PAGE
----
How effective has AP's Aarogyasri scheme been?
A look at the scheme shows a number of shortcomings such as woes of hospitals as well as nature of appointments of doctors
The Andhra Pradesh government, like many other Indian states, has chosen to bank on insurance to uphold public health. The state's Aarogyasri is among the earliest public health insurance scheme around. But how has it performed in its existence of nearly a decade-and-a-half?
Public health came under the spotlight especially during the second wave of COVID-19, when thousands died for the want of oxygen and hospital beds. This brought health insurance schemes into national discussion.
The Aarogyasri scheme was started in 2007 under the YS Rajasekhar Reddy-led Congress regime in United Andhra Pradesh as the Rajiv Aarogyasri Scheme.
The scheme was rechristened DR NTR Vaidya Seva under the Telugu Desam Party (TDP) regime in 2014. It was later named DR YSR Aarogyasri Health Insurance Scheme by the YSR Congress Party (YSRCP).
Aarogyasri has been lauded for some of the benefits it provides such as for tertiary and secondary care. But it also has a number of shortcomings.
For instance, primary care. "Primary care has to be available within a kilometre from the patients' homes. For this, sub-centres and wellness centres should have MBBS doctors with basic infrastructure. This is not well addressed by the insurance model," Dr C Srinivasa Raju, the president of the Indian Medical Association, Andhra Pradesh chapter, said.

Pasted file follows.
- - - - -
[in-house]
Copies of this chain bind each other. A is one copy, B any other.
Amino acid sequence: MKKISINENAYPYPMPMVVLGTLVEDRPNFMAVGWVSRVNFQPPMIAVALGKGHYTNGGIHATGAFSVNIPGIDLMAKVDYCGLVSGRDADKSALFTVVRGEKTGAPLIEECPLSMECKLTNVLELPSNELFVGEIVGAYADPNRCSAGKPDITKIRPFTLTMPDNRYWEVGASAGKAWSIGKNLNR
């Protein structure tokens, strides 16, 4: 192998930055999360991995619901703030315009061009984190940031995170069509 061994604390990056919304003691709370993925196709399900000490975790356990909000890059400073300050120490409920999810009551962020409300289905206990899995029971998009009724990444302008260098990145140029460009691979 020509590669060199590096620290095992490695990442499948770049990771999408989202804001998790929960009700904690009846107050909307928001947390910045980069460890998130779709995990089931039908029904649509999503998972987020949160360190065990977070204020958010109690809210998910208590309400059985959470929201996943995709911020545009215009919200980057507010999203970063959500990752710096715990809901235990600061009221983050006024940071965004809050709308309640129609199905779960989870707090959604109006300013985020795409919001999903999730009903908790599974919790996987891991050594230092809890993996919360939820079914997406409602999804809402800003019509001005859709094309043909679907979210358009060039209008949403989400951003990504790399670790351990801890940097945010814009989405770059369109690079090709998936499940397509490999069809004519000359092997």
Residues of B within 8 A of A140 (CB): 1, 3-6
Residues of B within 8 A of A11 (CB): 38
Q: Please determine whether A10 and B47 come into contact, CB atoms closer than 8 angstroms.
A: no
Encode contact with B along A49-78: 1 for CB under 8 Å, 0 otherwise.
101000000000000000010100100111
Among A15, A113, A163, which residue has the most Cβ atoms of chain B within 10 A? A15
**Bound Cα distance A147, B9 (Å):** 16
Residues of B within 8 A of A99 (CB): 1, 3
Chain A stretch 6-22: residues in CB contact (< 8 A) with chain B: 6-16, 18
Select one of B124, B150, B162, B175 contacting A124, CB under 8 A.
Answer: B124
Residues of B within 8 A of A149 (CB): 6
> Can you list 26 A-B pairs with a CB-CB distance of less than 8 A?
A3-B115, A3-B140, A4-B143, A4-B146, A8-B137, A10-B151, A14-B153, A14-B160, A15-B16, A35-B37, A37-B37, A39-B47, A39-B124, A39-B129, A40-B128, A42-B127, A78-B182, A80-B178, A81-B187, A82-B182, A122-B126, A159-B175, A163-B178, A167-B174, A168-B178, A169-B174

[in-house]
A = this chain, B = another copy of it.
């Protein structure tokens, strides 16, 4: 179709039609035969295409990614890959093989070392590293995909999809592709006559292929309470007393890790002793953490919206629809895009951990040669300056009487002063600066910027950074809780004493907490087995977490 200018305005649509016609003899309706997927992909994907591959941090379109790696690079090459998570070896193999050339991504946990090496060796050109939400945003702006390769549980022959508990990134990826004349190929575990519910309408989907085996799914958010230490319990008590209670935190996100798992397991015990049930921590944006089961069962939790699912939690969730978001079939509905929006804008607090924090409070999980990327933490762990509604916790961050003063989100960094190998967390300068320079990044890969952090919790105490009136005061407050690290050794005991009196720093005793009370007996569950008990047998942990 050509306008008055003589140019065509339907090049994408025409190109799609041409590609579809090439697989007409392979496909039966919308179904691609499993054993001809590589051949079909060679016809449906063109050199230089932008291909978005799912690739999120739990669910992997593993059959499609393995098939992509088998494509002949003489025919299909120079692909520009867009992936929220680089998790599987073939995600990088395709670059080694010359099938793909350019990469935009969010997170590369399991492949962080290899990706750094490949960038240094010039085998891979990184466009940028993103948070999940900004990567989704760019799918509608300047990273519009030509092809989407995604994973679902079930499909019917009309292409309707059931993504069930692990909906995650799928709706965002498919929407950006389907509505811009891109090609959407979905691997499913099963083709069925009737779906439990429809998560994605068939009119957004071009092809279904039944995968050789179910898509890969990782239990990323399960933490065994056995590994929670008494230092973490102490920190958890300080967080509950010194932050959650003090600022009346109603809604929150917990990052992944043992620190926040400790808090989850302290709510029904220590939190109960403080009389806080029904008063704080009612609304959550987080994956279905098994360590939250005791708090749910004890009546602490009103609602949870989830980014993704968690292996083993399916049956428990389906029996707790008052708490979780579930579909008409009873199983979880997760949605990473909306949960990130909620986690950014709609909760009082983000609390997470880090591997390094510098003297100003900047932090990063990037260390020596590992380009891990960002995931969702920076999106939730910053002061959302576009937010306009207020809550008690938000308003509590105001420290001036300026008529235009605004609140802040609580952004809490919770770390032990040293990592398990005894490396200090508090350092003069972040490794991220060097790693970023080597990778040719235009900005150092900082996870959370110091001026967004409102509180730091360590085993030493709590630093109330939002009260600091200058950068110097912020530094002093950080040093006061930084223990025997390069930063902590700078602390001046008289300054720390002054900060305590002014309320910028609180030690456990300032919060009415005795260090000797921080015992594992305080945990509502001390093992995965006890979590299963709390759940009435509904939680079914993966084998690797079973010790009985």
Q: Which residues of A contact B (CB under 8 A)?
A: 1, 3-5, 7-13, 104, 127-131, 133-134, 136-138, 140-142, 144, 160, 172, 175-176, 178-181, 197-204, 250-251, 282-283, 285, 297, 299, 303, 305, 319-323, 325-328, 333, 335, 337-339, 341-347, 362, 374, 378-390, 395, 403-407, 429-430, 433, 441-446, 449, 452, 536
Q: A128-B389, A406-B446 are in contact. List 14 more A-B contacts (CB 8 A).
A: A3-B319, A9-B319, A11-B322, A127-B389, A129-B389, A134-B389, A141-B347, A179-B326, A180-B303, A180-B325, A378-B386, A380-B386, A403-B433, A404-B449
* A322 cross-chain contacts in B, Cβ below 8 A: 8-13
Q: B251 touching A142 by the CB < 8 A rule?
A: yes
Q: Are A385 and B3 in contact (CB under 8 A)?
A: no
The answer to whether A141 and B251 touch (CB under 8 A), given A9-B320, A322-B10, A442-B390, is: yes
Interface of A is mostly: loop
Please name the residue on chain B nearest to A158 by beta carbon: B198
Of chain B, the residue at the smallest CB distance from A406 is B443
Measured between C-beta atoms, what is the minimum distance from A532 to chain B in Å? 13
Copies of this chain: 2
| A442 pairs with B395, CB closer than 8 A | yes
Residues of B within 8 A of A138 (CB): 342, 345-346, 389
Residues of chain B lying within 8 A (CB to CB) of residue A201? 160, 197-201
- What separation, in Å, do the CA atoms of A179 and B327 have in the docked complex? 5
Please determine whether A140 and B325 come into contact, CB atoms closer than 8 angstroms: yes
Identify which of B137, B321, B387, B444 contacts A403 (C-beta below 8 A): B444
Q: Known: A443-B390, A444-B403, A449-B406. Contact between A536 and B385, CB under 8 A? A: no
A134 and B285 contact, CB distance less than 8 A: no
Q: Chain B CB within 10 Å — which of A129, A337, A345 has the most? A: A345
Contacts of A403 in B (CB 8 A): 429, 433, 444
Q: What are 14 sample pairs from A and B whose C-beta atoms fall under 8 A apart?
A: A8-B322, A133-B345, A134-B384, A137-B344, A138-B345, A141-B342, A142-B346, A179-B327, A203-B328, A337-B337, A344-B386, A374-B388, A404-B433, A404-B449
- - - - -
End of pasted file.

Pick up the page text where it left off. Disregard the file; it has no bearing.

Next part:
The Andhra Pradesh government has initiated the establishment of health hubs in the state, in which 50 per cent of the beds would be reserved for Aarogyasri. But Raju said these, being driven by profit, would only cover secondary and tertiary services.
Several patients admitted under Aarogyasri at the government's SVRR Government General Hospital in Tirupati, complained of being asked to buy some of the medicines on their own.
A Venkatesh, son of A Yashodamma, a victim of black fungus, had to buy medicines and a device on their own for Rs 3,000.
Similarly, Syed Banu complained she had spent nearly Rs 15,000 on gloves, medicine and other needs for her father's treatment pointing to the lack of sufficient funds for the hospitals.
Nature of appointments
The government recruited nearly 17,315 and 18,763 doctors and staff in 2020 and 2021 respectively. Of them, 3,234 MBBS doctors were appointed on COVID-19 duties this year according to media reports.
These staff, who were appointed on contractual basis at the height of the COVID-19 second wave, had struck work, citing non-payment of salary for 4-5 months.
Healthcare observers said the 30 community health centres in the 13 districts of Andhra Pradesh needed just 120 doctors. This, they said, would avert the need for people to throng to private nursing homes or to the tertiary health centres and avoid overcrowding in them.
"A school teacher is paid Rs 1 lakh. Why can't a specialist doctor be paid Rs 2 lakh who is available 24 hours?" Raju said.
The appointments of a small number of doctors made on permanent basis recently, were likely done in places with a likelihood of medical colleges being sanctioned.
The government announced it would fill up 14,391 posts August 25, 2021 but the nature of these appointments was not yet clear, official sources said.
Aarogyasri in government hospitals
Health officials said Aarogyasri was implemented in government hospitals to incentivise specialist doctors as they got a part of the procedure cost paid by the Aarogyasri trust, along with the nursing and para medical staff. A fixed percentage is also set aside for development of the hospital.